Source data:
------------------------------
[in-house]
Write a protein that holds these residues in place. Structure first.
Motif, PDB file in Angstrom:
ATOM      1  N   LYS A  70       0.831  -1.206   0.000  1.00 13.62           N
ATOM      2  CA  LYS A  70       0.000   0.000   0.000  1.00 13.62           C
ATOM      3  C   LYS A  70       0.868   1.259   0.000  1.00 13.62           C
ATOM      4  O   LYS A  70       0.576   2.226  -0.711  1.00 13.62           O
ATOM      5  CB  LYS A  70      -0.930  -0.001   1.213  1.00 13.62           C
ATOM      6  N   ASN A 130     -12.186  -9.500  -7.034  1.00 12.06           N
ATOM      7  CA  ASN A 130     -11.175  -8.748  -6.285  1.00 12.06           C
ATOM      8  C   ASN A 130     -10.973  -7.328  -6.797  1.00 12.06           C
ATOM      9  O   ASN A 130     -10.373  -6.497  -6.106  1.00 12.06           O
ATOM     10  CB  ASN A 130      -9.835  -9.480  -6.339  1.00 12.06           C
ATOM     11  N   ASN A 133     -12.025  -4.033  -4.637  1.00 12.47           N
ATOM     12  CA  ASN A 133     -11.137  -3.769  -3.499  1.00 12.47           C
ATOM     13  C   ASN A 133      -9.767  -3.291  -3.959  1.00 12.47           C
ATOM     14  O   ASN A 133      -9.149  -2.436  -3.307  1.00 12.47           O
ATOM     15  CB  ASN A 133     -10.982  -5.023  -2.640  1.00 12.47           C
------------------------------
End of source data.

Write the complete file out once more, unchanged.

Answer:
[in-house]
Write a protein that holds these residues in place. Structure first.
Motif, PDB file in Angstrom:
ATOM      1  N   LYS A  70       0.831  -1.206   0.000  1.00 13.62           N
ATOM      2  CA  LYS A  70       0.000   0.000   0.000  1.00 13.62           C
ATOM      3  C   LYS A  70       0.868   1.259   0.000  1.00 13.62           C
ATOM      4  O   LYS A  70       0.576   2.226  -0.711  1.00 13.62           O
ATOM      5  CB  LYS A  70      -0.930  -0.001   1.213  1.00 13.62           C
ATOM      6  N   ASN A 130     -12.186  -9.500  -7.034  1.00 12.06           N
ATOM      7  CA  ASN A 130     -11.175  -8.748  -6.285  1.00 12.06           C
ATOM      8  C   ASN A 130     -10.973  -7.328  -6.797  1.00 12.06           C
ATOM      9  O   ASN A 130     -10.373  -6.497  -6.106  1.00 12.06           O
ATOM     10  CB  ASN A 130      -9.835  -9.480  -6.339  1.00 12.06           C
ATOM     11  N   ASN A 133     -12.025  -4.033  -4.637  1.00 12.47           N
ATOM     12  CA  ASN A 133     -11.137  -3.769  -3.499  1.00 12.47           C
ATOM     13  C   ASN A 133      -9.767  -3.291  -3.959  1.00 12.47           C
ATOM     14  O   ASN A 133      -9.149  -2.436  -3.307  1.00 12.47           O
ATOM     15  CB  ASN A 133     -10.982  -5.023  -2.640  1.00 12.47           C